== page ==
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Out of 894 contestants, the winner of the 2019 CEO.ca #StockPickingContest is: @GOLDFINGER

Congratulations @Goldfinger! 

The top 10 win a CEO.ca Leather jacket, thanks to @robby, and the top 50 winners receive a CEO.ca 2019 Contest Mug, thanks to @HRA-Coffin. I will private message the winners to coordinate the prize dispersal. And look, I came in 4th place, and more importantly I finally beat @TheGalvanizer at something!

Top 10 in the 2019 Contest

Additionally, here is a list of the top 10 "HAT TRICKS" <- where ALL THREE PICKS WERE POSITIVE

You'll notice that no one in the top 10 of the initial contest had all three stocks positive. Yes, it is that hard!

Two years ago we had 431 contestants in the 2018 #StockPickingContest and only 31 of those people ended the year above zero. Saying it was a horrific year is an understatement! Only 1 person had a portfolio over 100%, and ten people were above 20%. These numbers were abysmal and make you wonder why anyone would have invested in such a speculative market?

The simple answer: hope!

In 2019 the statistics were slightly more promising. We had 894 people enter the contest and 30% wouldn't have lost money. Heck, even 17% had a portfolio over 20%. Almost all top 20 were up over 100%, and we had one person who more than doubled, one of CEO.ca's top contributors and our winner: the mighty @Goldfinger.

Although he will say that much of it was luck, considering his one pick skyrocketed more than 600%, I've been a subscriber to his CEO Technician Trading Lab for over 3 years now and can attest that there is definitely some skill involved in his picks.

Check out his post from 2018 just before the contest started:

If you are interested in joining the Lab, please read this older article by @SaskExpress highlighting what you can expect Trading Lab: A User's Perspective

The 2020 Contest is now underway with 1,506 people accounted for so I suspect this article will probably be read by at least 1,000 people. Cheers to exponential growth, I think we may be onto something here!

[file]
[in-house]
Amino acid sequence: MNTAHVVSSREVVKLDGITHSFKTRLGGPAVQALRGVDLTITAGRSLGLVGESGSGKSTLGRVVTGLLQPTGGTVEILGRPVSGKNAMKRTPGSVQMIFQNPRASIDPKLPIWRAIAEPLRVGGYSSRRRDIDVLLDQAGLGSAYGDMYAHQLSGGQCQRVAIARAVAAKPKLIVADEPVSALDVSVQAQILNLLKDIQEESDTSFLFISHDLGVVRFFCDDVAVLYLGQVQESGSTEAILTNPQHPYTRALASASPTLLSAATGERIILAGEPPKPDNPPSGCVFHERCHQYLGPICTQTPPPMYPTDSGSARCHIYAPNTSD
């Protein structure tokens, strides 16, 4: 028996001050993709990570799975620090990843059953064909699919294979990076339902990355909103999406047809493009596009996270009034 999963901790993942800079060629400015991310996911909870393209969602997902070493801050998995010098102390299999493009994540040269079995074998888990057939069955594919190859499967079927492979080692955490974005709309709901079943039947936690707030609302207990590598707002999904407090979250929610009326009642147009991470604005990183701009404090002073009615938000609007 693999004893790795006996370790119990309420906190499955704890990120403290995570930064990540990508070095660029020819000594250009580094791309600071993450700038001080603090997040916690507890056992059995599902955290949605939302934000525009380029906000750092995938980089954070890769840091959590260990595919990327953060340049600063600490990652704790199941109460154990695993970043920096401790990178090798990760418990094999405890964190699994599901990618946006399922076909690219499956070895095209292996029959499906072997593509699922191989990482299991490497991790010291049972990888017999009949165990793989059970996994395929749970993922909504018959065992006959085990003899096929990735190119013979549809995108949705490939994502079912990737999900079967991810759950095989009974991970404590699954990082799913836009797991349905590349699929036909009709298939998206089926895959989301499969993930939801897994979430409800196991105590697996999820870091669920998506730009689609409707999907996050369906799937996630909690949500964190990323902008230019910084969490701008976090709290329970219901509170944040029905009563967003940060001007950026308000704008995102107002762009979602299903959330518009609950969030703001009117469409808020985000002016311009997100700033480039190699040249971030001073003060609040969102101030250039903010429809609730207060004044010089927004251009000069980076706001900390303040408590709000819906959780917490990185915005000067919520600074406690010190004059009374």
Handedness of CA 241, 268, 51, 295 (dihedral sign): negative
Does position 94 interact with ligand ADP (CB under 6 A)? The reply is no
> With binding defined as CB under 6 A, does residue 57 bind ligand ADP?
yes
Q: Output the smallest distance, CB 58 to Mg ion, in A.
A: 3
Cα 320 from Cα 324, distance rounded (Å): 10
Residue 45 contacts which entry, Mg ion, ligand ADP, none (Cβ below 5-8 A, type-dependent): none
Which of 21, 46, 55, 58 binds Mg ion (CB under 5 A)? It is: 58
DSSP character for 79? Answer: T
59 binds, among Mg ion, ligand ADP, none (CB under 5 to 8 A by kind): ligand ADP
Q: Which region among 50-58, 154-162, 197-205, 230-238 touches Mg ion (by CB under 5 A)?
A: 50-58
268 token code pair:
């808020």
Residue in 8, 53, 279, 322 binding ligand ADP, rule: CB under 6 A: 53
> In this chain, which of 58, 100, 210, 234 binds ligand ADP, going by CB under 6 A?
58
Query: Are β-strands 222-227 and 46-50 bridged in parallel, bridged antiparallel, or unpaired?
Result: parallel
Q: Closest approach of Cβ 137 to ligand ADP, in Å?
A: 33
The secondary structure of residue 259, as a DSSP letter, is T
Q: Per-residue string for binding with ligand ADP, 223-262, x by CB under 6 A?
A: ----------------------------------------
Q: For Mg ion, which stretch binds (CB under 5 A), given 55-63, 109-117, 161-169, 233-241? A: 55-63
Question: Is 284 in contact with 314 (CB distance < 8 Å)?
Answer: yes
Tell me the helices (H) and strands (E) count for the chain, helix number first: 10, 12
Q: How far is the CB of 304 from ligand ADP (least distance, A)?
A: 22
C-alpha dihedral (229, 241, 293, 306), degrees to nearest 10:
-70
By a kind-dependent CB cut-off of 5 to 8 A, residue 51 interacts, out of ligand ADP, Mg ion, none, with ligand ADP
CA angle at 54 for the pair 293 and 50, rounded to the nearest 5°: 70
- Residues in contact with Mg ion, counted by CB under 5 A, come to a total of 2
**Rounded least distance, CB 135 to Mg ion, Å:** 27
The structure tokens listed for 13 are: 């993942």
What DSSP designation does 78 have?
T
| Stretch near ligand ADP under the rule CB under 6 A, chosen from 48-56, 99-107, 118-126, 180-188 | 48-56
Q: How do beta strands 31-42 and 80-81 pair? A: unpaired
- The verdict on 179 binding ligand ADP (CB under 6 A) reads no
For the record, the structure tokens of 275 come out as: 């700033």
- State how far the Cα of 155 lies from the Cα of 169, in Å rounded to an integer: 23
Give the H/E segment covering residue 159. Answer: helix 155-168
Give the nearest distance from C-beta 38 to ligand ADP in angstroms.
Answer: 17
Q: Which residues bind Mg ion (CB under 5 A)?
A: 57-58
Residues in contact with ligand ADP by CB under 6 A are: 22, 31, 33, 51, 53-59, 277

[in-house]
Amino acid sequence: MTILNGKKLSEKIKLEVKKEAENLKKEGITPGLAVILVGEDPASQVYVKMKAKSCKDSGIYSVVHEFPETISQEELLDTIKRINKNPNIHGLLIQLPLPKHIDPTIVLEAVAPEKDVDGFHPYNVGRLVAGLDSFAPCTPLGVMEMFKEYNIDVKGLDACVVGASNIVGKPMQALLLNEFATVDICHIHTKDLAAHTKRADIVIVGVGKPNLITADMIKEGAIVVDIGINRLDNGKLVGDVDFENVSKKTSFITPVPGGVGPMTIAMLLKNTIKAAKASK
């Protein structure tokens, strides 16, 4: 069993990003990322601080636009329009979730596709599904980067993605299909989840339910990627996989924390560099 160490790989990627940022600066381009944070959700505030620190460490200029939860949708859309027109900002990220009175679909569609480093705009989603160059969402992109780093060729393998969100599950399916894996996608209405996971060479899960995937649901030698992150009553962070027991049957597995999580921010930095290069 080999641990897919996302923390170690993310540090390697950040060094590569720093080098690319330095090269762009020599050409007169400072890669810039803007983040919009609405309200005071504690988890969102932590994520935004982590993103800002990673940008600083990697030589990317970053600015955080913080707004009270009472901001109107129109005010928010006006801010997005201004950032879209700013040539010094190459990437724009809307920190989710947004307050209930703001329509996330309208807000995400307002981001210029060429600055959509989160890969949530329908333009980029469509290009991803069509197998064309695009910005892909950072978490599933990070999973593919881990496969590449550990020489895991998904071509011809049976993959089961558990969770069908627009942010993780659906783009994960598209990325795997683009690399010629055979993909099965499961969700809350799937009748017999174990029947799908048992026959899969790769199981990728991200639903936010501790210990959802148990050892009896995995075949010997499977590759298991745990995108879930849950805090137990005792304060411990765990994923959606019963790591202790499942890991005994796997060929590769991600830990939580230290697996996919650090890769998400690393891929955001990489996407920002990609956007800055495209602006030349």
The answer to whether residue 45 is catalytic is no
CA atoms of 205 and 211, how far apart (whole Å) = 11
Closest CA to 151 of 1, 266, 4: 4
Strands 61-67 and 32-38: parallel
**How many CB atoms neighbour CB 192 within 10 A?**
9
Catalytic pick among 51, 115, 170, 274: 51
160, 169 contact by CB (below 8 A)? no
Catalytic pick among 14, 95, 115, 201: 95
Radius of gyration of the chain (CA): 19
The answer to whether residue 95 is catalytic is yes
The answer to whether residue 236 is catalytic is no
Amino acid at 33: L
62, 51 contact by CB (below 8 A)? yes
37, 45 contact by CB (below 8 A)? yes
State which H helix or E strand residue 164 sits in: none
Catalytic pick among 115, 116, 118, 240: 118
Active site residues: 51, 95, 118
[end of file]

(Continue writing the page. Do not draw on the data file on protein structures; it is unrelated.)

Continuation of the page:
With that said, please read the statistics below because the truth can be extremely painful. Never mind hope, what we all need is a financial game plan! Please, if you do not have a financial planner I beg you to set that as a 2020 goal.  A good friend Pete shared his 2019 Lessons Learned and I highly recommend at least a quick skim! https://petepanda.com/2019-lessons-learned/

Spend a moment and look closely at these pie charts. Lets compare how contestants have performed over the last 3 years starting with 2017

The 2017 Contest had 146 Contestants 

The 2018 Contest had 431 Contestants

The 2019 Contest had 894 Contestants

I find it fascinating that when reflecting on the 2019 year, most people tell me it was positive. I think they may be just comparing it to 2018.

Here are the 752 companies that were picked in this years contest:

Looking at the total number of companies that performed badly to the total number of contestants that chose poorly, one would conclude that contestants prefer to pick companies that will fail them. Let's investigate this further.

First rewind and look at the most picked companies from 2018:

And now, the 2019 most picked companies:

Looking at the numbers above, I am reminded of this Predator II quote HERE (Just listen to the first few seconds of it hehe).

But honestly, can we assume this trend will continue?

Although the answer may seem obvious, consider this: these are the stocks that everyone believed would be the massive winners, so had we been in a bull market, wouldn't these have been the golden ticket companies? Can't we just blame it on the dreadful bear market that the Venture exchange has been on for how long now? It's the dream of 100-baggers that keep all of us at the table like a bad poker player. 

Here are some of the worst performers of 2019. Note the number of people who chose these stocks.

Could you imagine losing 97% of your position? I really want to comment further but I will refrain from doing so. The numbers speak for themselves.